During the course of her trial, Joan of Arc said, “One life is all we have, and we live it as we believe in living it. But to sacrifice what you are and to live without belief, that is a fate more terrible than dying.” When Martin Luther was standing before the Diet of Worms (1521), he also made a strong testimony of his dedication to his beliefs when he declared, “I cannot and will not recant anything, for to go against conscience is neither right nor safe. Here I stand; I can do no other, so help me God.”
Of course, Paul, Martin Luther, and Joan of Arc each had a special calling and a God-given ability to fulfill their particular life’s work. God may not have called you or me to be a martyr, but He does call us to be courageous.
When Jesus told His disciples that if they wanted to follow Him, they would have to deny themselves and take up their cross,2 I suspect the disciples didn’t fully grasp His meaning. After all, Jesus had not yet taken up His own literal cross. It is when they later reflected on what He had told them that these words would have an even more powerful impact.
In that same talk, Jesus went on to say, “If you try to hang on to your life, you will lose it. But if you give up your life for my sake, you will save it.”3 I have found that it’s important for me to periodically ask myself if I am seeking to hold on to my life or to give it up for Jesus’ sake.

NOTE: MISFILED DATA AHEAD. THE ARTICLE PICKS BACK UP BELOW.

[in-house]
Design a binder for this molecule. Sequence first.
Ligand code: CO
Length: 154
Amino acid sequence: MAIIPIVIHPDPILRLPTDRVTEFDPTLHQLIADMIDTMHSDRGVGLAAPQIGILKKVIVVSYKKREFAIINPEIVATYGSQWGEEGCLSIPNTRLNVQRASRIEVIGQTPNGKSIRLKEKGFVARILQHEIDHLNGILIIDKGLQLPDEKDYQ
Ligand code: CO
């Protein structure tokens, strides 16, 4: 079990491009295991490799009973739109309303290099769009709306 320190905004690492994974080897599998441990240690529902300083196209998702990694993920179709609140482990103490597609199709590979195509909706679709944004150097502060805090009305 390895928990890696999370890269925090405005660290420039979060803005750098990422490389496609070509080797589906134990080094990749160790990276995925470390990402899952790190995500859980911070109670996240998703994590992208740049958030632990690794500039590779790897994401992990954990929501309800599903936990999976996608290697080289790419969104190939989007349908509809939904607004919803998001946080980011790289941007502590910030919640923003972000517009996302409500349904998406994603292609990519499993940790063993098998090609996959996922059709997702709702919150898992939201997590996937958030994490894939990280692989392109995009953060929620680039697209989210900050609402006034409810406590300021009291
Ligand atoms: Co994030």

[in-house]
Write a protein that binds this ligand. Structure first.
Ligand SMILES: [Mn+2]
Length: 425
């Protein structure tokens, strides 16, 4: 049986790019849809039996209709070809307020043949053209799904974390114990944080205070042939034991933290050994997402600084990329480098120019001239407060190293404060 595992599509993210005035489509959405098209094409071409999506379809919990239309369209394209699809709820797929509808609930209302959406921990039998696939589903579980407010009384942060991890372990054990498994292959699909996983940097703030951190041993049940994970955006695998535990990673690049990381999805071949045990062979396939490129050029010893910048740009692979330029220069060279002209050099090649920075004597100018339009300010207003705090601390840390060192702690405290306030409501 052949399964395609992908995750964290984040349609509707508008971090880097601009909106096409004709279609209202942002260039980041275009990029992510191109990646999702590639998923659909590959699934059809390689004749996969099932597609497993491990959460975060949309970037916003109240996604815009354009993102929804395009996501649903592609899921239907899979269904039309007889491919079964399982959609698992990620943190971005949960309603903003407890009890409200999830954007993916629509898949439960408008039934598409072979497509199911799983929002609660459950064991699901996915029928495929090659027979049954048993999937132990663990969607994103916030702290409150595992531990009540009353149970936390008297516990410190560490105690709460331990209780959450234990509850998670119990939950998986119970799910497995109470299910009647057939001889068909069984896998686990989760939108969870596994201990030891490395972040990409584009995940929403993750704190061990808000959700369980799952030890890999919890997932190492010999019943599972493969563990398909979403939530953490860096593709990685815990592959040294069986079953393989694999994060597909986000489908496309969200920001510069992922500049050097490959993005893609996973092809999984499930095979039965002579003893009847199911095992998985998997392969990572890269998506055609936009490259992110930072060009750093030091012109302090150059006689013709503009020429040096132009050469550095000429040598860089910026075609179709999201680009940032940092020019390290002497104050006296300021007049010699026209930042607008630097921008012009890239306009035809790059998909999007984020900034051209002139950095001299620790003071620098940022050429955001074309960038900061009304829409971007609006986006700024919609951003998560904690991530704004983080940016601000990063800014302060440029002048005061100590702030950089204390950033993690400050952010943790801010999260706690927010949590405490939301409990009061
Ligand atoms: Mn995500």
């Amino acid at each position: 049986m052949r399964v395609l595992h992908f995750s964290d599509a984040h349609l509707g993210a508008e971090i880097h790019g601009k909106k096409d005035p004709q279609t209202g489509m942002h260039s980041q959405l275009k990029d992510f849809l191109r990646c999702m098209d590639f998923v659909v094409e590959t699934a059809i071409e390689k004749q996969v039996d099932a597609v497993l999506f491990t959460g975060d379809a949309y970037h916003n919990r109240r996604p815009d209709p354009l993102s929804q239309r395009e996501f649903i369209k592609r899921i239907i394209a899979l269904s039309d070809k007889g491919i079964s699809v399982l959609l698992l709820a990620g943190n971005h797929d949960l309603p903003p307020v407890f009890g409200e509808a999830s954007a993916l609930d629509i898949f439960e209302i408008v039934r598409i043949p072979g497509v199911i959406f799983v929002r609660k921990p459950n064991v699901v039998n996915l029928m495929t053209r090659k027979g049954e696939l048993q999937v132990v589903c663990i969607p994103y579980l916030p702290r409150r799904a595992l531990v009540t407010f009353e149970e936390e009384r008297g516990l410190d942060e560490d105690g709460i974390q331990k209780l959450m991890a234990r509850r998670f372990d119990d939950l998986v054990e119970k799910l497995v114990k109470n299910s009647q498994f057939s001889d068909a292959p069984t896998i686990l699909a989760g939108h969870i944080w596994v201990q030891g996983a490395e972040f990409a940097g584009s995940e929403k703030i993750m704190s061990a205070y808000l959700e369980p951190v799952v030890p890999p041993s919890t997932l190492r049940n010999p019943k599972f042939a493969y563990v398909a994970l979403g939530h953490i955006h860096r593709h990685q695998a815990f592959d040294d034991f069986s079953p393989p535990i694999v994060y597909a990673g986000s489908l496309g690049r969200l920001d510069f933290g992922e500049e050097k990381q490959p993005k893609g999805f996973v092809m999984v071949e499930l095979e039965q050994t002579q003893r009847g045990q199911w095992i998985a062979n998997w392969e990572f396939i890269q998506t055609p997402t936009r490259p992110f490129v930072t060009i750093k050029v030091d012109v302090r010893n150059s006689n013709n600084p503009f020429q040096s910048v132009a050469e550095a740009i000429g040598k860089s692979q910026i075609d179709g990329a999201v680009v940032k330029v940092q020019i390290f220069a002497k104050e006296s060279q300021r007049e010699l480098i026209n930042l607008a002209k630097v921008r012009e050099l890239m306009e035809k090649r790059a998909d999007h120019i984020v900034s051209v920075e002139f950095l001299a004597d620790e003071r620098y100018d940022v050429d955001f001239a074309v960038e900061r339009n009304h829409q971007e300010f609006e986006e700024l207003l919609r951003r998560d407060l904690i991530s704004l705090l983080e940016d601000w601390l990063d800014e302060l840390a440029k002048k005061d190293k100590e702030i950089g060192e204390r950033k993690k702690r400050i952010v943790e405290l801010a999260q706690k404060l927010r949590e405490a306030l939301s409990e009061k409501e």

This doesn’t mean that I need to seek to do the riskiest, most painful thing I can think of doing, but rather making sure that I’m not holding back from what God needs me to do, whatever that may be.—Mara Hodler4
Self-denial for the Christian means renouncing oneself as the center of existence (which goes against the natural inclination of the human will) and recognizing Jesus Christ as one’s new and true center. It means acknowledging that the old self is dead and the new life is now hidden with Christ in God.5
From the moment of our new birth into Jesus Christ, self-denial becomes a daily exercise for the rest of this life on earth.6 ... Only by God’s grace and the power of the Holy Spirit can we learn to deny self: “For the grace of God has appeared that offers salvation to all people. It teaches us to say ‘No’ to ungodliness and worldly passions, and to live self-controlled, upright and godly lives in this present age, while we wait for the blessed hope—the appearing of the glory of our great God and Savior, Jesus Christ.”7
Through daily self-denial and crucifying the flesh, our life in Christ grows, strengthens, and develops more and more. Christ now becomes our life. These famous words of Dietrich Bonhoeffer help us understand the meaning of self-denial: “When Christ calls a man, he bids him come and die.” A follower of Jesus must be prepared to die if death is where the path of discipleship leads: “I have been crucified with Christ and I no longer live, but Christ lives in me. The life I now live in the body, I live by faith in the Son of God, who loved me and gave himself for me.”8 …